Why I didn't do RAAM
People sometimes ask me if I'm ever going to ride in RAAM.
No, I'm not, as much as I'd like to (and I really would like to). Here are
the problems I ran up against. No one of them would have made me quit by
itself, but collectively, I guess it was just too much.
1. Food - This is a serious consideration. Food is energy, and energy is speed. A RAAM rider is limited in speed to how much he can eat and how efficiently he uses that energy. I found as I got older my digestion capabilities diminished. I never really found something that worked good for me. Exercise takes blood away from the digestive processes and I don't think bouncing around on the bike helps any either. I've seen a lot of good riders have to quit a marathon because of indigestion.
2. Asthma - My asthma is not serious problem, but it is exercised induced - a slow building up of congestion during exercise especially in cold dry air. By itself, this can be overcome or compensated for by wearing a mask (I invented one that works pretty good), but it was a hindrance.
3. Climate - Living in Michigan means a long winter layover because of cold and more importantly, icy roads. November, December, and January are the worst months because of short daylight hours and and cold. I learned to ride comfortably in 20-30 degree weather, but I still felt I was at a disadvantage over people living only as far south as Columbus, Ohio. Not only that, but we have very few really hot days in the summer, so when it does get up in the 90s, I'm used to it. RAAM is done in a lot hotter conditions than I could ever get used to in Michigan.
4. Heart arrhythmia - I have a condition that sometimes during training I have to stop and rest a minute because my heart rhythms get out of sync. It's a painful throbbing and the first time it happened to me, right after I had just finished riding hard up a hill, I thought I was having a heart attack. After a minute it stopped and I rode on home, slowly. I've been to doctor's about it and try as I could, it wouldn't happen while I was on a heart monitor. The doctor told me that if it did happen, my heart was fine, it wouldn't kill me, and if the arrhythmia didn't stop right away I'd live long enough to get to a hospital, so not to worry about it. I never had this happen during a marathon, probably because the intensity isn't as hard, but I've had it happen three times in one evening once when riding hard with friends. I ended up being dropped and finishing alone. It takes the fun out of racing and probably kept me from further improving in speed. When I was in my best condition it happened the most. Since then I found an enzyme, Co-Q-10, that might have helped this condition.
5. Terrain - Michigan is one of the flattest states in the US. I rate it about third behind Florida and Illinois. I live in one of the flatter parts of Michigan. I just didn't have an easy way to train on hills and it showed whenever I rode with people from out of State.
6. Speed - My goal was to ride 400 miles in a 24 hour marathon. The best I ever did was 367 miles, although I may have been in good enough shape to do 400 miles that marathon, I had problems with the seat being too high I getting saddle sore. Keep in mind that RAAM is a race. I felt that if I couldn't do 400 miles in 24 hours that I wasn't fast enough to be in RAAM. Many of the RAAM competitors have done 450 miles in 24 hours.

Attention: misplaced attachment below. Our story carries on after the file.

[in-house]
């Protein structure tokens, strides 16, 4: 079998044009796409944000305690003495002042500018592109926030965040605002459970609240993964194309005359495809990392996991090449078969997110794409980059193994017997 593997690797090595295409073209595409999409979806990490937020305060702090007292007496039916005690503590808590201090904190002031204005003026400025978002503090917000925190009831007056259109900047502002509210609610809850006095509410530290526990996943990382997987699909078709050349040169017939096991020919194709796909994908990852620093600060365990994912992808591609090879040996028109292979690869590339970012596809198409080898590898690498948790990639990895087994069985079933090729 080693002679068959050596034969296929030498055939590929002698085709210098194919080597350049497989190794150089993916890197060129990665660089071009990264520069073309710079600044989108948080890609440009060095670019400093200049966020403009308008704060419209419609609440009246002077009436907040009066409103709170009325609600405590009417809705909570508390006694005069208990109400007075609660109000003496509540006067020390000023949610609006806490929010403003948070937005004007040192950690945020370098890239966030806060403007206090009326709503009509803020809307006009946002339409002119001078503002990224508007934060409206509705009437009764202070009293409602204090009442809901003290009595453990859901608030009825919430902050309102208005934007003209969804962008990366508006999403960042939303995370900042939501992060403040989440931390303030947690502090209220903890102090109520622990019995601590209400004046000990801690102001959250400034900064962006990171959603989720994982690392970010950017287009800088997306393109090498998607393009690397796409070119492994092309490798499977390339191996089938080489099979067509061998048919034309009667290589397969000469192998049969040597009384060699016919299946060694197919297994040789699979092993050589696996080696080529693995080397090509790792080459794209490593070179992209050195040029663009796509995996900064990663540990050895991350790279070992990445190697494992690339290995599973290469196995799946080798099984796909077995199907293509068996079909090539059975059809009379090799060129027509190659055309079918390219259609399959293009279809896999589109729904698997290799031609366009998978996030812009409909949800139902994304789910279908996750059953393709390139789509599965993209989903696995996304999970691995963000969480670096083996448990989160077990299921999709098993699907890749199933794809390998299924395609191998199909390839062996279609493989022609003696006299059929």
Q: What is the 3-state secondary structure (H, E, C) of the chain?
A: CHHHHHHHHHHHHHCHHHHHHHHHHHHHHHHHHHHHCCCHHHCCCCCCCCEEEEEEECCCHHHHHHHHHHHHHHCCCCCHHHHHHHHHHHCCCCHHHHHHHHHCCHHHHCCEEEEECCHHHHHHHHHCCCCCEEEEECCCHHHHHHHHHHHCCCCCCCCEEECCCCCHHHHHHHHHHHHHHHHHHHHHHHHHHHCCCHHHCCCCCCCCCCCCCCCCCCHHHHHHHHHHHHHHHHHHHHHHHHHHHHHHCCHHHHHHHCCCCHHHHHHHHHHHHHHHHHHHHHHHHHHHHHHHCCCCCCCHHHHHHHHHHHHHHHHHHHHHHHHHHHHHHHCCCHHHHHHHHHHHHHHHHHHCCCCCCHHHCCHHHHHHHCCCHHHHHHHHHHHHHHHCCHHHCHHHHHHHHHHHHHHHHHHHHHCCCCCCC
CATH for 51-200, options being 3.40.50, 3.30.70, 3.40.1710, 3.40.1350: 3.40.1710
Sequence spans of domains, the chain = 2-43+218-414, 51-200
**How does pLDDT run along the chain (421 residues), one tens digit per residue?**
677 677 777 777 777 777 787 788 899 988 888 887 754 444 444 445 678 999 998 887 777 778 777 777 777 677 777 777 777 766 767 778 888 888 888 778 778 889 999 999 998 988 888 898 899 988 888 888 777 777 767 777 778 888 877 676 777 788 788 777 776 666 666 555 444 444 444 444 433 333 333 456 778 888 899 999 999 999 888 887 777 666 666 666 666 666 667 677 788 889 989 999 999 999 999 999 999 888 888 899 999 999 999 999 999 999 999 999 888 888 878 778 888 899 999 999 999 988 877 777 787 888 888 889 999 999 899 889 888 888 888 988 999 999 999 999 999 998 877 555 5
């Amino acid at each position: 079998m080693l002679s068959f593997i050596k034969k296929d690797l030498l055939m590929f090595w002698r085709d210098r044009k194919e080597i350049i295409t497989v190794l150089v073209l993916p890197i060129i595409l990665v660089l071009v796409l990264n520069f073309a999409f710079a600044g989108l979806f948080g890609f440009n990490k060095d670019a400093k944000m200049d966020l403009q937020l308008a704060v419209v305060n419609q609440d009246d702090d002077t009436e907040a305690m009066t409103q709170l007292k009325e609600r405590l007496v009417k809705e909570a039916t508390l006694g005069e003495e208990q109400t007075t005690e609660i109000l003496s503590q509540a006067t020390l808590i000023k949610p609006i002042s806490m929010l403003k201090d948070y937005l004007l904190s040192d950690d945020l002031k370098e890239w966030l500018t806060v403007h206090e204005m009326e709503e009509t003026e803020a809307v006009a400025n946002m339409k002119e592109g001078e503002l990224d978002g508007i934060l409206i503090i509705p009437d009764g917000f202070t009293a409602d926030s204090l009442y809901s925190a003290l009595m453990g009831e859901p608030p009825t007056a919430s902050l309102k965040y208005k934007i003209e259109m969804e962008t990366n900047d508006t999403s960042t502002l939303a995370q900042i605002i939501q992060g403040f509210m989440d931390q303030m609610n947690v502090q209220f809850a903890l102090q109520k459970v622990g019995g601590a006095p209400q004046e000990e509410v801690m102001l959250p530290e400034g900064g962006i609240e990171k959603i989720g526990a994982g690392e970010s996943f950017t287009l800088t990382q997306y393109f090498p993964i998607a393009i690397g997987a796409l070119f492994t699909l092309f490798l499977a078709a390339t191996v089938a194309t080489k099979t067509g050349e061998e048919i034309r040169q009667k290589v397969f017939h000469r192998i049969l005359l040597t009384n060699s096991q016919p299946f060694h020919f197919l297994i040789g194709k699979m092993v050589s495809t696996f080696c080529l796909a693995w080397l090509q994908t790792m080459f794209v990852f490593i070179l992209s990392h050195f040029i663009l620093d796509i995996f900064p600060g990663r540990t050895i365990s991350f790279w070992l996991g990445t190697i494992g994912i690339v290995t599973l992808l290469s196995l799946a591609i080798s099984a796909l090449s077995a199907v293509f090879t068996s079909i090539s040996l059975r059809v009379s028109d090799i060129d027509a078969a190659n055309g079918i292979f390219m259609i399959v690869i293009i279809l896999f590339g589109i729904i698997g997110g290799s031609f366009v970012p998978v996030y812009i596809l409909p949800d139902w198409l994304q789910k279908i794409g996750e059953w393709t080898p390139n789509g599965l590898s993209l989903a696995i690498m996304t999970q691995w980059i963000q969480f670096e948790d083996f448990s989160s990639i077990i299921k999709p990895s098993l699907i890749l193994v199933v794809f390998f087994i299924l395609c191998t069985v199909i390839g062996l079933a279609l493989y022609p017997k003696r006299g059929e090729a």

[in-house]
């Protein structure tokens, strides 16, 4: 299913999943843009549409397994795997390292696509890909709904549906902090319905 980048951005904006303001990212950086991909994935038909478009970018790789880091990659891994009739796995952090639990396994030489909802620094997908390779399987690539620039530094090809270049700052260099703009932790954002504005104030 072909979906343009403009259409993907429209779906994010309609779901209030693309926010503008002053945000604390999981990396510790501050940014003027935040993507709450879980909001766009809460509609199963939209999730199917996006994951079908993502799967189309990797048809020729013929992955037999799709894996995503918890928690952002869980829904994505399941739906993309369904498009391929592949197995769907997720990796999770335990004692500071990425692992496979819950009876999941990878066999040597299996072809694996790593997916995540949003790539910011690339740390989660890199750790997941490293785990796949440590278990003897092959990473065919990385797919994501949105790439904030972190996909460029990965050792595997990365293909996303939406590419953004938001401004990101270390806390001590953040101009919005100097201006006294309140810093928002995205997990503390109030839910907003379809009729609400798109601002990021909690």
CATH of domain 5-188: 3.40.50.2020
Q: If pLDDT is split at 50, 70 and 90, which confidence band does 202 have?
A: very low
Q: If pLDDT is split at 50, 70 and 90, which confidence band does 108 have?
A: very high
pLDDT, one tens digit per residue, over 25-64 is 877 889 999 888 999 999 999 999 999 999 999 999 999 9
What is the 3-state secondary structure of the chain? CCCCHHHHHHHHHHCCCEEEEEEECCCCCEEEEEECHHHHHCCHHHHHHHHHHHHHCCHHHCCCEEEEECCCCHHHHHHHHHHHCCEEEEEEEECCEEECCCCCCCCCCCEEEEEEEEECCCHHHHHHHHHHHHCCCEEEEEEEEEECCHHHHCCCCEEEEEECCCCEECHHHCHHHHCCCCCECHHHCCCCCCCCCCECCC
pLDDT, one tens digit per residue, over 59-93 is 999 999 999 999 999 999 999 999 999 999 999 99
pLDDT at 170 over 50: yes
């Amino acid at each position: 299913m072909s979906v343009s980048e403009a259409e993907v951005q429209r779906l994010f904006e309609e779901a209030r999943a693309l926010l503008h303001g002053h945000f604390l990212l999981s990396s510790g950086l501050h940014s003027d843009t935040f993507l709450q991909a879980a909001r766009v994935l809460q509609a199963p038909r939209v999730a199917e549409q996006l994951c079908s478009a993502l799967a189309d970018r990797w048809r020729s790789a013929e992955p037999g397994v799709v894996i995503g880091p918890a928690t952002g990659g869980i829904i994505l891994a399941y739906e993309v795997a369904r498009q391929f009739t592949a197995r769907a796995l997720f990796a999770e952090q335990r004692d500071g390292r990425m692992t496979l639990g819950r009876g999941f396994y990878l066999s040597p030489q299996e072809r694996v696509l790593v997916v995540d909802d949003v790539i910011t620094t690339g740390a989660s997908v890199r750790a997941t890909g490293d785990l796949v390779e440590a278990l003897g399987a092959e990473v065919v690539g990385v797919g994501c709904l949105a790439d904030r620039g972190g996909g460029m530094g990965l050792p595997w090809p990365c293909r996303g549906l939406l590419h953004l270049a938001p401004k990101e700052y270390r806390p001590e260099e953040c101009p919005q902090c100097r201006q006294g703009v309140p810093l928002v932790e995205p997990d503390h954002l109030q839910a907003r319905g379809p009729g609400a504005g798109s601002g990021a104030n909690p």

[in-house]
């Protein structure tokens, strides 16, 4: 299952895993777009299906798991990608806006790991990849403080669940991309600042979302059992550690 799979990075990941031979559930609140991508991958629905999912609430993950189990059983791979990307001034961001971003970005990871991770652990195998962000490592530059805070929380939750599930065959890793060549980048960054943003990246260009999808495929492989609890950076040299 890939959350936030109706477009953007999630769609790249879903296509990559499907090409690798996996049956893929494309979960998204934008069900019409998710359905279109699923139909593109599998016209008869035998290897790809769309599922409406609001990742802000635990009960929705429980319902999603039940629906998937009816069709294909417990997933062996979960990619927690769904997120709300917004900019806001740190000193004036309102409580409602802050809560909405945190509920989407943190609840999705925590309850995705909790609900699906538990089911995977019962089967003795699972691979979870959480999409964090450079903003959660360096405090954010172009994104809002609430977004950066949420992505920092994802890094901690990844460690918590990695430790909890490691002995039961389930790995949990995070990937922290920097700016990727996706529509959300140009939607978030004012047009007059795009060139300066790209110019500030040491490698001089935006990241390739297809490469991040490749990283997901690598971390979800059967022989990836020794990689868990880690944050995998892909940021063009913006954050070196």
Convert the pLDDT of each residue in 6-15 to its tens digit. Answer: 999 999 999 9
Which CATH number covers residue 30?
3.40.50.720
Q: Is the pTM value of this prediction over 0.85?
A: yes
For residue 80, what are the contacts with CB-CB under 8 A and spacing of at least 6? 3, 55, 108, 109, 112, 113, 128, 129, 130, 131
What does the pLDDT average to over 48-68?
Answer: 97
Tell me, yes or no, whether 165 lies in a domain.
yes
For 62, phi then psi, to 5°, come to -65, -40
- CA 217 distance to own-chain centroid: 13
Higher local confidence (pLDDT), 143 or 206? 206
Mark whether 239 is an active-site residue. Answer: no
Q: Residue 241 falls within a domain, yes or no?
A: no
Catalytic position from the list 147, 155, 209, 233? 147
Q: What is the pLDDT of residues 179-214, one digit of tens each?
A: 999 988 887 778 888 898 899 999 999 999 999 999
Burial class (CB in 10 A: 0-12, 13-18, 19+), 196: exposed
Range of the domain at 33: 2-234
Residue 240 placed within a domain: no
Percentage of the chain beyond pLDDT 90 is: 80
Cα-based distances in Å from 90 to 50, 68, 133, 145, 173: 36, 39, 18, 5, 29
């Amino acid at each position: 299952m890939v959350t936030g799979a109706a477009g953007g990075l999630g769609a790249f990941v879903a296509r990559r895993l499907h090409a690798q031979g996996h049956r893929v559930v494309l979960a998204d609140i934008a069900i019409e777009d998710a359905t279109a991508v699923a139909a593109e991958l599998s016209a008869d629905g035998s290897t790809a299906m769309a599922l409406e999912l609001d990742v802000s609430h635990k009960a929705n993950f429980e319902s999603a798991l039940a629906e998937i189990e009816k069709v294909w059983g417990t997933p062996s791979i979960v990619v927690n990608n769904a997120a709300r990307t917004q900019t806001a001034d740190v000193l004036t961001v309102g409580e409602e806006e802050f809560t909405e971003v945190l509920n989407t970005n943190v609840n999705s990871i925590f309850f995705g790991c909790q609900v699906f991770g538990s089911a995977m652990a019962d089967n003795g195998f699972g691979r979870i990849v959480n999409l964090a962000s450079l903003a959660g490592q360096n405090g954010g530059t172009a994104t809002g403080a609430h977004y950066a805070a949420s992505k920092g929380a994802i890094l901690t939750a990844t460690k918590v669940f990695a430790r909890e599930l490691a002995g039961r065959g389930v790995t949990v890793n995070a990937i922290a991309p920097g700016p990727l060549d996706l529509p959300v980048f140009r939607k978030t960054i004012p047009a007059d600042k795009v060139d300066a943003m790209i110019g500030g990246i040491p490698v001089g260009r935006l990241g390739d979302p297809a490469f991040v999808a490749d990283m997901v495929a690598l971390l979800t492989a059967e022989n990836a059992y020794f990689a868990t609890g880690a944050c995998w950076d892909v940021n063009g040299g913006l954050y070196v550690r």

7. Money - I wanted to retire some day, so I thought I better stop spending all my money on exotic bike parts, entry fees, and crew and training expenses. I didn't have a sponsor, and wasn't fast enough to make it likely to get one.
8. Relationships - My marriage was suffering and I didn't want to ruin my marriage over a bike race. Those who put training first and their spouse second are likely to end up single, it almost happened to me. In addition, I missed a lot of time with my kids, they were growing up without me.
9. Health - the biggest reason. Biking started out for me to be a way to stay healthy. In 1980 I read a book by Dr. Kenneth Cooper about aerobics, so I started biking to get fit. I rode my big old heavy Schwinn single speed bike around the area I live, and five miles was a long way for me back then. As I got more fit, I started going farther, and of course, I had to get faster bikes. I remember one spring when I rode 15 miles and when I got back I was totally exhausted. All I could do was lay down, and it seemed like work just to breath. My first 50 mile ride wasn't much better. My first century was like that. As I got fitter, I went farther. In a couple of years I was going 200 miles. A friend told me about a 24 hour marathon and I thought I could do 300 miles. It took me four years to make that goal. As I got older, I discovered that instead of getting fitter, I started feeling more run down. If I rode 500 miles on a weekend, it would take me at least two weeks to recover. I wasn't really getting that much more fit for the amount of effort I put into it, and I spend a lot of time being worn out. That's not healthy. So after I decided not to do RAAM, I cut back. I seldom ride more than a hundred miles any more, and I almost always ride with friends. I discovered I'm a social rider and a tourist at heart. I do tandeming, mountain biking, and commuting; there are other ways of enjoying biking besides marathons. Three rides a week is enough to stay fit and strong without being worn out. It just makes sense.
In summary, I guess I just grew up. I think there is a pretty high percentage of people who have qualified for RAAM but have not done it. It's nothing to be ashamed of, after all, it was billed in Outdoors Magazine as the toughest race in the world.
Another way to summarize this - To ride in RAAM I would get a divorce, move to a southern state with lots of hills and mountains, take lots of Co-Q-10, and spend all my time and money on training and eating and expensive bicycles/parts.